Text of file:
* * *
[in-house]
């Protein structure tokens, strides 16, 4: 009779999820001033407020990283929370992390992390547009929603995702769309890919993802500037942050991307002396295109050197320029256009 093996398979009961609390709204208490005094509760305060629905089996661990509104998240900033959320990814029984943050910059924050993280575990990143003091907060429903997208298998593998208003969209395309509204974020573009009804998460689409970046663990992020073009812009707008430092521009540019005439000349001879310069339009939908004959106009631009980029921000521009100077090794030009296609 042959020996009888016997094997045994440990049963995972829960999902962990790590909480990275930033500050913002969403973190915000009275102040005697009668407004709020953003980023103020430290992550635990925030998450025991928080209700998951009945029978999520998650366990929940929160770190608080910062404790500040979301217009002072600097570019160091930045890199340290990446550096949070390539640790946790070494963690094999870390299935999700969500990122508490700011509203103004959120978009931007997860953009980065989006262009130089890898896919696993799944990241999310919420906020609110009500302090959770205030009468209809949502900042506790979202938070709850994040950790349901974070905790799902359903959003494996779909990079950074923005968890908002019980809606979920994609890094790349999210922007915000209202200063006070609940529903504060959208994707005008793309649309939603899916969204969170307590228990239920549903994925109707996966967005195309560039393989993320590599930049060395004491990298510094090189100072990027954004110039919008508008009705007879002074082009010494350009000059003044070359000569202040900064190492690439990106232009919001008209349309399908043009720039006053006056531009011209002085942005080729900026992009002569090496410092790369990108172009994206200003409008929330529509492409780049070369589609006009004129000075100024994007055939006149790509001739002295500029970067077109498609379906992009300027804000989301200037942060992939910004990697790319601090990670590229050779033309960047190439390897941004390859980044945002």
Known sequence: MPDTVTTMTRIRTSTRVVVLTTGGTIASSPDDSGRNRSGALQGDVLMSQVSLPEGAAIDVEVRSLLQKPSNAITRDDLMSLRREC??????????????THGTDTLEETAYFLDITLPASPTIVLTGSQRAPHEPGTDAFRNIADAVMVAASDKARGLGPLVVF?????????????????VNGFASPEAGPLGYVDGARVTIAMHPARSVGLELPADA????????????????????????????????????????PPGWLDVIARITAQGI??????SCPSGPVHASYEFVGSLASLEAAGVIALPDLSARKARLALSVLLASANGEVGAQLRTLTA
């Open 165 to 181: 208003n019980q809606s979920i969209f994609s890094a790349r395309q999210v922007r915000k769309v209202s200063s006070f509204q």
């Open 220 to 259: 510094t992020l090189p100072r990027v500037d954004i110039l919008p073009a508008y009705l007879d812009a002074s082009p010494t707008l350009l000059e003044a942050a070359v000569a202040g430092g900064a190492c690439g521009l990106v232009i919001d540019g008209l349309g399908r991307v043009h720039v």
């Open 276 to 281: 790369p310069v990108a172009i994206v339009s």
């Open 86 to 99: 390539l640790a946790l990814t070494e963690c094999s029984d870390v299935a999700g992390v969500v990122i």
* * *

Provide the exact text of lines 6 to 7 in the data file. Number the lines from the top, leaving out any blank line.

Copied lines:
């Open 276 to 281: 790369p310069v990108a172009i994206v339009s």
């Open 86 to 99: 390539l640790a946790l990814t070494e963690c094999s029984d870390v299935a999700g992390v969500v990122i």